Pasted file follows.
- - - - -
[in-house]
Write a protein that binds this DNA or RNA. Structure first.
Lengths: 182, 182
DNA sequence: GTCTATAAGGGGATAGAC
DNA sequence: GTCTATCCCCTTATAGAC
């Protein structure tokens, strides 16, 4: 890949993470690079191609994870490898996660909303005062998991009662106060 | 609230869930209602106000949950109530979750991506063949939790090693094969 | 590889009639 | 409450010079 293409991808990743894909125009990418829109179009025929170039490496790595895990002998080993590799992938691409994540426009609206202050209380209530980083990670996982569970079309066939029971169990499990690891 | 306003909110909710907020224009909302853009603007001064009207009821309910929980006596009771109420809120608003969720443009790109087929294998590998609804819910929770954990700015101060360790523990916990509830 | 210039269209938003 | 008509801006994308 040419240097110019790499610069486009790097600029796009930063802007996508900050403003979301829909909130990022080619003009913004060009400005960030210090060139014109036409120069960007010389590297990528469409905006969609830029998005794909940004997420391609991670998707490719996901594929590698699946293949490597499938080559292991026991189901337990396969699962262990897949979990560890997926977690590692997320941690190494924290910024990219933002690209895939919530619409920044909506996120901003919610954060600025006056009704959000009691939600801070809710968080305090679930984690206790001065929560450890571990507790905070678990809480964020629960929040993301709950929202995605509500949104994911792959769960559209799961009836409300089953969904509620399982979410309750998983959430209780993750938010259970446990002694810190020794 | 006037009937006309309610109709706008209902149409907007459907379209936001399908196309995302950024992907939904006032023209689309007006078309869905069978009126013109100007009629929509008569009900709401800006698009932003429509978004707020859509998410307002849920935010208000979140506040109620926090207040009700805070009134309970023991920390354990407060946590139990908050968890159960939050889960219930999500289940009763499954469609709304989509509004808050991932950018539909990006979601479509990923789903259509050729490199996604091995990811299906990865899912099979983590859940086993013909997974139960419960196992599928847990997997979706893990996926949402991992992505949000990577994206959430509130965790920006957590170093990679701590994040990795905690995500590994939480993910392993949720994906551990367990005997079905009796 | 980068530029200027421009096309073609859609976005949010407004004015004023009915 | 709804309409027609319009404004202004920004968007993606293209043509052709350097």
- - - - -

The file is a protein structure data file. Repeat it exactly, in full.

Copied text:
[in-house]
Write a protein that binds this DNA or RNA. Structure first.
Lengths: 182, 182
DNA sequence: GTCTATAAGGGGATAGAC
DNA sequence: GTCTATCCCCTTATAGAC
């Protein structure tokens, strides 16, 4: 890949993470690079191609994870490898996660909303005062998991009662106060 | 609230869930209602106000949950109530979750991506063949939790090693094969 | 590889009639 | 409450010079 293409991808990743894909125009990418829109179009025929170039490496790595895990002998080993590799992938691409994540426009609206202050209380209530980083990670996982569970079309066939029971169990499990690891 | 306003909110909710907020224009909302853009603007001064009207009821309910929980006596009771109420809120608003969720443009790109087929294998590998609804819910929770954990700015101060360790523990916990509830 | 210039269209938003 | 008509801006994308 040419240097110019790499610069486009790097600029796009930063802007996508900050403003979301829909909130990022080619003009913004060009400005960030210090060139014109036409120069960007010389590297990528469409905006969609830029998005794909940004997420391609991670998707490719996901594929590698699946293949490597499938080559292991026991189901337990396969699962262990897949979990560890997926977690590692997320941690190494924290910024990219933002690209895939919530619409920044909506996120901003919610954060600025006056009704959000009691939600801070809710968080305090679930984690206790001065929560450890571990507790905070678990809480964020629960929040993301709950929202995605509500949104994911792959769960559209799961009836409300089953969904509620399982979410309750998983959430209780993750938010259970446990002694810190020794 | 006037009937006309309610109709706008209902149409907007459907379209936001399908196309995302950024992907939904006032023209689309007006078309869905069978009126013109100007009629929509008569009900709401800006698009932003429509978004707020859509998410307002849920935010208000979140506040109620926090207040009700805070009134309970023991920390354990407060946590139990908050968890159960939050889960219930999500289940009763499954469609709304989509509004808050991932950018539909990006979601479509990923789903259509050729490199996604091995990811299906990865899912099979983590859940086993013909997974139960419960196992599928847990997997979706893990996926949402991992992505949000990577994206959430509130965790920006957590170093990679701590994040990795905690995500590994939480993910392993949720994906551990367990005997079905009796 | 980068530029200027421009096309073609859609976005949010407004004015004023009915 | 709804309409027609319009404004202004920004968007993606293209043509052709350097």